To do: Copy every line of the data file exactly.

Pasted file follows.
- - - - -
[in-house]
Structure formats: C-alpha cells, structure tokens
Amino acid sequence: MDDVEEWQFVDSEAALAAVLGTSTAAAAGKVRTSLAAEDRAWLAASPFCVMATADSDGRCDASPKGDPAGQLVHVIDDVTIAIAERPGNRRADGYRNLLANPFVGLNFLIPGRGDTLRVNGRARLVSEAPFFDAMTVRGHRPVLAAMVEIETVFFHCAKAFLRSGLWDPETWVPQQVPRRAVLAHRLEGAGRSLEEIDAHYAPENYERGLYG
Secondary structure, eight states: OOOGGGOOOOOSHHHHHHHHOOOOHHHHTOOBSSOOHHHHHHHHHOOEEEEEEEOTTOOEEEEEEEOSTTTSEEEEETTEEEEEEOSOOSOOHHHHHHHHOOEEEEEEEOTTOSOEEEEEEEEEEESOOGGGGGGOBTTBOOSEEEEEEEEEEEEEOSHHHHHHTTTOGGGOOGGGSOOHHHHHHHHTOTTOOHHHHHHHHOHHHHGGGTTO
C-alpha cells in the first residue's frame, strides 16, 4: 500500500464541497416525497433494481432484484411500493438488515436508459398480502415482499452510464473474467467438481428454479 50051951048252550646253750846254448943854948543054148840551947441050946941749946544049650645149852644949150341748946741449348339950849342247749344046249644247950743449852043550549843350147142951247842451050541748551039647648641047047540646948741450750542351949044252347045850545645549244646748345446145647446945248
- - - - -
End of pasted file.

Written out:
[in-house]
Structure formats: C-alpha cells, structure tokens
Amino acid sequence: MDDVEEWQFVDSEAALAAVLGTSTAAAAGKVRTSLAAEDRAWLAASPFCVMATADSDGRCDASPKGDPAGQLVHVIDDVTIAIAERPGNRRADGYRNLLANPFVGLNFLIPGRGDTLRVNGRARLVSEAPFFDAMTVRGHRPVLAAMVEIETVFFHCAKAFLRSGLWDPETWVPQQVPRRAVLAHRLEGAGRSLEEIDAHYAPENYERGLYG
Secondary structure, eight states: OOOGGGOOOOOSHHHHHHHHOOOOHHHHTOOBSSOOHHHHHHHHHOOEEEEEEEOTTOOEEEEEEEOSTTTSEEEEETTEEEEEEOSOOSOOHHHHHHHHOOEEEEEEEOTTOSOEEEEEEEEEEESOOGGGGGGOBTTBOOSEEEEEEEEEEEEEOSHHHHHHTTTOGGGOOGGGSOOHHHHHHHHTOTTOOHHHHHHHHOHHHHGGGTTO
C-alpha cells in the first residue's frame, strides 16, 4: 500500500464541497416525497433494481432484484411500493438488515436508459398480502415482499452510464473474467467438481428454479 50051951048252550646253750846254448943854948543054148840551947441050946941749946544049650645149852644949150341748946741449348339950849342247749344046249644247950743449852043550549843350147142951247842451050541748551039647648641047047540646948741450750542351949044252347045850545645549244646748345446145647446945248